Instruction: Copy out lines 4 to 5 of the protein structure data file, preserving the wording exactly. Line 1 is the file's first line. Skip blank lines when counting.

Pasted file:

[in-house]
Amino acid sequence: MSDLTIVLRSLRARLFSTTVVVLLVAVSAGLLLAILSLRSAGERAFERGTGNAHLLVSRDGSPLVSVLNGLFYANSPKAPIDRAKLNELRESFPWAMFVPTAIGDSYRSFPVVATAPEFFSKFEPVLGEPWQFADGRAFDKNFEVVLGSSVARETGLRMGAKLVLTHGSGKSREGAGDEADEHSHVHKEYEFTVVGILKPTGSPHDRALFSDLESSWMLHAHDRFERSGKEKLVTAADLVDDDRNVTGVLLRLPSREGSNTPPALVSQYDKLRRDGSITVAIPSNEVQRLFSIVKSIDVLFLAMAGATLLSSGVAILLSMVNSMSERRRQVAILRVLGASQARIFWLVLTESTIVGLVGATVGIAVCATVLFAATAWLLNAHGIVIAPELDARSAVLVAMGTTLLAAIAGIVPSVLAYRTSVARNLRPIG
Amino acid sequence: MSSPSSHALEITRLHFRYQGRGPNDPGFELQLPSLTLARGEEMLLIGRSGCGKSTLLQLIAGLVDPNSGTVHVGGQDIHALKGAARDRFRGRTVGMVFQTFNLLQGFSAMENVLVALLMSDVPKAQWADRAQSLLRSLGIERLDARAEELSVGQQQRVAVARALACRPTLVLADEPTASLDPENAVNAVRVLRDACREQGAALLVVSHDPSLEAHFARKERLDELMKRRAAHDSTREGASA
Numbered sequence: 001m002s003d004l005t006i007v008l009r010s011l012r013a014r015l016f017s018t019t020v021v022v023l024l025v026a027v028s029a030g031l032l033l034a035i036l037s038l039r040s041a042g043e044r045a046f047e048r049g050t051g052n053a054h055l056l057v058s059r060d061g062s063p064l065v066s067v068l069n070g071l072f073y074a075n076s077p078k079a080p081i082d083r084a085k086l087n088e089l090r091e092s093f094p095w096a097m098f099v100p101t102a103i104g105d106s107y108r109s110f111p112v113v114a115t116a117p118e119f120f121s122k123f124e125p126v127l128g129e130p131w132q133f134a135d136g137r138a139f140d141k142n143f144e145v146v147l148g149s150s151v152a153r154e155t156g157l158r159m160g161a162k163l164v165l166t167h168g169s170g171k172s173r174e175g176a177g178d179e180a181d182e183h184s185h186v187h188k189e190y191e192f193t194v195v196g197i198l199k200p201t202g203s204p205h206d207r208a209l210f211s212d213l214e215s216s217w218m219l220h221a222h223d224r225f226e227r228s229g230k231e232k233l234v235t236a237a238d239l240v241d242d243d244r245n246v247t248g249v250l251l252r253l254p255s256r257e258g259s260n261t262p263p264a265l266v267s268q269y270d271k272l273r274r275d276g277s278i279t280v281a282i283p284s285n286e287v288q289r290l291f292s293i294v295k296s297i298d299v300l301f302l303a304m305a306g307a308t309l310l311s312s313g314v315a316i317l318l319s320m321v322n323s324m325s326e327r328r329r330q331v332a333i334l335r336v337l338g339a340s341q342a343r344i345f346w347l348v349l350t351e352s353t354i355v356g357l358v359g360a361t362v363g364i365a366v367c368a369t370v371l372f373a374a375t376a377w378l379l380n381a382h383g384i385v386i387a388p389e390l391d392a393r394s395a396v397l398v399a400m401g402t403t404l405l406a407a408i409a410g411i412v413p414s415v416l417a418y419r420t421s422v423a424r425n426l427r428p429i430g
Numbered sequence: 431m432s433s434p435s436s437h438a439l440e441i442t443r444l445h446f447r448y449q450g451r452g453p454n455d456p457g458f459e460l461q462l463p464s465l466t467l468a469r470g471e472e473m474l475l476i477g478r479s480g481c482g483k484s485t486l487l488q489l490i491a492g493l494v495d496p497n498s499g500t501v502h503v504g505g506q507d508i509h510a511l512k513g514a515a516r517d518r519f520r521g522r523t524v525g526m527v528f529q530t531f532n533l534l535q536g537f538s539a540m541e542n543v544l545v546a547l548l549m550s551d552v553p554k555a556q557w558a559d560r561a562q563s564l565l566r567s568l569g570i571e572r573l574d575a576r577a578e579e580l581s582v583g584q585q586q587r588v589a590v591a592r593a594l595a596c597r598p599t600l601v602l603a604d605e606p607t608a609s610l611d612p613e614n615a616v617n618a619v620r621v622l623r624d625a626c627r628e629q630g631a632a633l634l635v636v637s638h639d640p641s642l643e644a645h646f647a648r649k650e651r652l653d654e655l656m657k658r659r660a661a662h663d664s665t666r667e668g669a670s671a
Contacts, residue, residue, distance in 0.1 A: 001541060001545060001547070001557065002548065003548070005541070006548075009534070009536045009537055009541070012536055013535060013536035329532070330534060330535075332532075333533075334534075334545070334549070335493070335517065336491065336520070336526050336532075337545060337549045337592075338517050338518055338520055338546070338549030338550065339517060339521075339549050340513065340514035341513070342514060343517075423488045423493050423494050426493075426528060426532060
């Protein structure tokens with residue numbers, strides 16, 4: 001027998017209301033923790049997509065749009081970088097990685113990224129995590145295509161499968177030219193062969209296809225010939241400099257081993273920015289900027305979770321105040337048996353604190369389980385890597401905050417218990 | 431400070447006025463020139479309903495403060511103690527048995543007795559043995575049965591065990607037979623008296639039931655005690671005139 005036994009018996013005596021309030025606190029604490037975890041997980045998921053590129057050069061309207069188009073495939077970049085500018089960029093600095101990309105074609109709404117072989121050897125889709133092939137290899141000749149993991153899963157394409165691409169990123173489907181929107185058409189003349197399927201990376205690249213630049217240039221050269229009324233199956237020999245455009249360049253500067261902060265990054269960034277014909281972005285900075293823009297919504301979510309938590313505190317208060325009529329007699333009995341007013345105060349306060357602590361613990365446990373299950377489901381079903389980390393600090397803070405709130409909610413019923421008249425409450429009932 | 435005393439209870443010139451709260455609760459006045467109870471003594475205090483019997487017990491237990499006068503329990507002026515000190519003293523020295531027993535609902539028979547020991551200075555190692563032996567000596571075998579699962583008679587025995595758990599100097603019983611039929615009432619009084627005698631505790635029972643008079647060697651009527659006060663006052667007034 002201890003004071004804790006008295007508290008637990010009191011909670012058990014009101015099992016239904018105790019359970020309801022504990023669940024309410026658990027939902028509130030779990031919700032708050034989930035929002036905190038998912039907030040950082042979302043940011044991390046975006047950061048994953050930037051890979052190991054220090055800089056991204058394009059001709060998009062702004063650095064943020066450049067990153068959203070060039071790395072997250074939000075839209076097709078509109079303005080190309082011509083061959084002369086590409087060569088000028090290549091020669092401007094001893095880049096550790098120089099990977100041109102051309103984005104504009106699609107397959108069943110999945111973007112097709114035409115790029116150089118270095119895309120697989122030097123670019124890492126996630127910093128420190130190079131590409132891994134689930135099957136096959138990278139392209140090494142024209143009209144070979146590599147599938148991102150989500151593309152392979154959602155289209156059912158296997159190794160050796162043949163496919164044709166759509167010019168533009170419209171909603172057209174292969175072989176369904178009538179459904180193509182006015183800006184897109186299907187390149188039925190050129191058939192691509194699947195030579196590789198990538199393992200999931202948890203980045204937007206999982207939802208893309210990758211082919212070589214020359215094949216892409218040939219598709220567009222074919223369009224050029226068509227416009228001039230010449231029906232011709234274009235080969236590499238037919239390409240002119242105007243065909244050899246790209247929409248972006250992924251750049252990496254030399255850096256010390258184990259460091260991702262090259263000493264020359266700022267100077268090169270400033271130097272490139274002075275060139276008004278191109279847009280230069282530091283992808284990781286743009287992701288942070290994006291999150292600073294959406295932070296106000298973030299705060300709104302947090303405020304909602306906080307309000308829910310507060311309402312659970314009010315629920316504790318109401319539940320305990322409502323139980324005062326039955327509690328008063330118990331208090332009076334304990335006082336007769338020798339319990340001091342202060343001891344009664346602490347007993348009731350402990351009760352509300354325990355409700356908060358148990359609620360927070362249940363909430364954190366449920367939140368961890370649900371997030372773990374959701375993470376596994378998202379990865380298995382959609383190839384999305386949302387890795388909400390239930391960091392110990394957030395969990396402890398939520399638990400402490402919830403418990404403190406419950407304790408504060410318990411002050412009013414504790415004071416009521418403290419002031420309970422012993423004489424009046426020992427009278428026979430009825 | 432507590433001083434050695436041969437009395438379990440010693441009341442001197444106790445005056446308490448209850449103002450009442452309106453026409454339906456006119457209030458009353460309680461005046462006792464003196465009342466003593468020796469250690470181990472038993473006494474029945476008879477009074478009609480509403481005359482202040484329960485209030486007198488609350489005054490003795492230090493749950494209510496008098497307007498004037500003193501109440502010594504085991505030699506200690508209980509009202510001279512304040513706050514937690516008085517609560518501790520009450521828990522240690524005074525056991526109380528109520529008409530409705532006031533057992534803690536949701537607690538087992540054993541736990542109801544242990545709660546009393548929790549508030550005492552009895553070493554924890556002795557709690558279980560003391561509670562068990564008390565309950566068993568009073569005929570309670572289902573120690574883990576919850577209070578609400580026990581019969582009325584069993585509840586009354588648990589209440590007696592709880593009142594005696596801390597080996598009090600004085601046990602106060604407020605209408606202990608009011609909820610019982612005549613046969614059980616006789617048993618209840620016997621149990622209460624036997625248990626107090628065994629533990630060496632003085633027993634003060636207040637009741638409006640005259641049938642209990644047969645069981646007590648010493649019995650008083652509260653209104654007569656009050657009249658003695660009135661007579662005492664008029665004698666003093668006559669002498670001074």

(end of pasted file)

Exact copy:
Numbered sequence: 001m002s003d004l005t006i007v008l009r010s011l012r013a014r015l016f017s018t019t020v021v022v023l024l025v026a027v028s029a030g031l032l033l034a035i036l037s038l039r040s041a042g043e044r045a046f047e048r049g050t051g052n053a054h055l056l057v058s059r060d061g062s063p064l065v066s067v068l069n070g071l072f073y074a075n076s077p078k079a080p081i082d083r084a085k086l087n088e089l090r091e092s093f094p095w096a097m098f099v100p101t102a103i104g105d106s107y108r109s110f111p112v113v114a115t116a117p118e119f120f121s122k123f124e125p126v127l128g129e130p131w132q133f134a135d136g137r138a139f140d141k142n143f144e145v146v147l148g149s150s151v152a153r154e155t156g157l158r159m160g161a162k163l164v165l166t167h168g169s170g171k172s173r174e175g176a177g178d179e180a181d182e183h184s185h186v187h188k189e190y191e192f193t194v195v196g197i198l199k200p201t202g203s204p205h206d207r208a209l210f211s212d213l214e215s216s217w218m219l220h221a222h223d224r225f226e227r228s229g230k231e232k233l234v235t236a237a238d239l240v241d242d243d244r245n246v247t248g249v250l251l252r253l254p255s256r257e258g259s260n261t262p263p264a265l266v267s268q269y270d271k272l273r274r275d276g277s278i279t280v281a282i283p284s285n286e287v288q289r290l291f292s293i294v295k296s297i298d299v300l301f302l303a304m305a306g307a308t309l310l311s312s313g314v315a316i317l318l319s320m321v322n323s324m325s326e327r328r329r330q331v332a333i334l335r336v337l338g339a340s341q342a343r344i345f346w347l348v349l350t351e352s353t354i355v356g357l358v359g360a361t362v363g364i365a366v367c368a369t370v371l372f373a374a375t376a377w378l379l380n381a382h383g384i385v386i387a388p389e390l391d392a393r394s395a396v397l398v399a400m401g402t403t404l405l406a407a408i409a410g411i412v413p414s415v416l417a418y419r420t421s422v423a424r425n426l427r428p429i430g
Numbered sequence: 431m432s433s434p435s436s437h438a439l440e441i442t443r444l445h446f447r448y449q450g451r452g453p454n455d456p457g458f459e460l461q462l463p464s465l466t467l468a469r470g471e472e473m474l475l476i477g478r479s480g481c482g483k484s485t486l487l488q489l490i491a492g493l494v495d496p497n498s499g500t501v502h503v504g505g506q507d508i509h510a511l512k513g514a515a516r517d518r519f520r521g522r523t524v525g526m527v528f529q530t531f532n533l534l535q536g537f538s539a540m541e542n543v544l545v546a547l548l549m550s551d552v553p554k555a556q557w558a559d560r561a562q563s564l565l566r567s568l569g570i571e572r573l574d575a576r577a578e579e580l581s582v583g584q585q586q587r588v589a590v591a592r593a594l595a596c597r598p599t600l601v602l603a604d605e606p607t608a609s610l611d612p613e614n615a616v617n618a619v620r621v622l623r624d625a626c627r628e629q630g631a632a633l634l635v636v637s638h639d640p641s642l643e644a645h646f647a648r649k650e651r652l653d654e655l656m657k658r659r660a661a662h663d664s665t666r667e668g669a670s671a